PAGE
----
The waiter spoke English reasonably well, suggesting wines, starters, and a main course. Nothing I ordered was on the menu. He first brought me a glass of Tempranillo, a dark, robust Spanish red wine with hints of oak along with a “tortilla”. Not the Mexican variety tortilla we expect in stateside restaurants and supermarkets, a tortilla in Spain is an omelette made with eggs and potatoes, resembling a very thick piece of quiche the size of a slice of pie. The tortilla de patatas (€2.50), two slices actually, were light yet savory and delicious.


Anna had recommended the Gambas al Pilpil (€9), an Andelucian specialty with prawns baked in a sauce of olive oil, garlic, and chili peppers accompanied by fresh bread for dipping. The ceramic dish came to me still bubbling with 12 small shrimp, slices of garlic, and a few diced red chili peppers. The fresh sliced baguette easily soaked up the decadent garlic infused oil, raising my cholesterol level by several hundred points. I have to admit that this was one of the best dishes I have had in quite a while.


The service was impeccable, attentive and friendly, always there when needed but not suffocating. I had no idea how much the check would be when it arrived and when it did, I was shocked! Just €16.10 (less than $18) for three glasses of wonderful wine, s starter and a main course,  while enjoying excellent, traditional Spanish melodies – what more could I ask for? Unfortunately, my wife was unable to accompany me on this trip, but even still, this was one of the most enjoyable, affordable dining experiences I have had in quite a while and I will return before leaving Marbella … sorry honey!


I always hesitate before giving the maximum score to any establishment, but I honestly could not find a fault to deduct even a single “bomb”, hence … 

CombatCritic Gives Rincon De La Ribera 10 Out Of 10 Bombs … More Bombs Are Better … It Is “THE BOMB”!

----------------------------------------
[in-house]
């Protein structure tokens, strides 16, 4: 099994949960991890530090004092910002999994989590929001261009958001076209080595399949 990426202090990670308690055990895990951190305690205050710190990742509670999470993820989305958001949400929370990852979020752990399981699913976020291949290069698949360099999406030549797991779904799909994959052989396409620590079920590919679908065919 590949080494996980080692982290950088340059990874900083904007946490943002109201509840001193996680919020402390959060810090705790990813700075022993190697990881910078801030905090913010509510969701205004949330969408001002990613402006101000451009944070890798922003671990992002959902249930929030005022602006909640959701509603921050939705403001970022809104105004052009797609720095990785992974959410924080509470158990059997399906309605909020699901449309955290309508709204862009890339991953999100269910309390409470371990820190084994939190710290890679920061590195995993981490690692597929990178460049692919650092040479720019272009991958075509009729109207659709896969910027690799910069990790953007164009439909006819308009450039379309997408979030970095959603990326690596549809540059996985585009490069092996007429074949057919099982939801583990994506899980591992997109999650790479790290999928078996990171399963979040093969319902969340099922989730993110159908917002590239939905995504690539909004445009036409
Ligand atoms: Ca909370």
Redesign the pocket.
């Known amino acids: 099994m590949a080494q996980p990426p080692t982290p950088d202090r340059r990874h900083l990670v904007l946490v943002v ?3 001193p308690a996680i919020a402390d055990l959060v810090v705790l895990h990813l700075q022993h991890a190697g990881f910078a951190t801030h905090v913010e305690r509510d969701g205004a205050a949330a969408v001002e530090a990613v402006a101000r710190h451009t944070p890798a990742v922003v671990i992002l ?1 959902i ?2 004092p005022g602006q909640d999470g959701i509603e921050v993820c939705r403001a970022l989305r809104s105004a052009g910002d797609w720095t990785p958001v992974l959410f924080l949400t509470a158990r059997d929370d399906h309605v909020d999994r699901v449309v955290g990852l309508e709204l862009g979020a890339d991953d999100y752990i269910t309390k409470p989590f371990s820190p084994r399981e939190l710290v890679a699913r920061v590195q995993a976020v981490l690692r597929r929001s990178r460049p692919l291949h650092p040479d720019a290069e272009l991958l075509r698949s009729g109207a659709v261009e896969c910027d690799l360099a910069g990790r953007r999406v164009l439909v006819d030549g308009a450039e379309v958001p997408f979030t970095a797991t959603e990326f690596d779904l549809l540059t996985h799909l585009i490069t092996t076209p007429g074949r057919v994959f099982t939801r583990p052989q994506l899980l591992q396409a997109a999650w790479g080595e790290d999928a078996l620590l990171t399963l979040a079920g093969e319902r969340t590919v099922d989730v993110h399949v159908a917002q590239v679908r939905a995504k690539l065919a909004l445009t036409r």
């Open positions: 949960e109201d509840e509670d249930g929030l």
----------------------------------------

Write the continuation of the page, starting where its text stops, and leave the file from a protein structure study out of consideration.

Listen to authentic Spanish “Los Tunos”, the grandfather of Mexican “mariachis”, as I did the night I dined there …


Menu







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Title: Great, Authentic Andalucian Food And Music For A Song

Key Words: Rincon De La Ribera, Rincon, Ribera, Andalucia, Andalucian, Spain, Marbella, Malaga, restaurant, food TravelValue, travel, value, food, definitive, review, menu, guide, gambas, Pil

Dalai Lama … Here I Come: My Journey To Enlightenment


My journey began with a two hour flight delay in Kansas City, so I had to scramble to get a seat that would get me to Frankfurt in time to catch my connection to Delhi the next day. The United Airlines gate agents worked quickly and professionally and before I knew it, I was booked through Washington DC, arriving in Frankfurt three hours before my original departure time. Frankfurt being Frankfurt, that should have been enough time to make my connection.

I am staying in Delhi for four nights (three really because I arrive at the hotel around 2:30 AM (0230 hours), taking a flight to Dharamsala on November 1st for the beginning of my Journey to Enlightenment. I hope to get a feel for New Delhi (and Old Delhi) while there as we will be returning in a couple of months to to the “tourist” thing.

Once in Dharamsala, I will be volunteering with the Tibetan refugees teaching English, studying Buddhism and yoga, and working on forgiveness, a skill I have yet to acquire in close to six decades on this lonely planet.

I will be sharing my Journey to Enlightenment here on my blog, including stories, video, and photos, as well as my YouTube channel, CombatCritic TV. Please feel free to follow me on my journey where I hope to educate, inspire, and document the trip of a lifetime. FOLLOW ME to TravelValueTM.

Key Words: Dalai Lama, dalai, lama, India, Delhi, New Delhi, Dharamsala, Dharmsala, yoga, meditation, Buddhism, enlightenment, journey, CombatCritic, TravelValue, travel, guide, review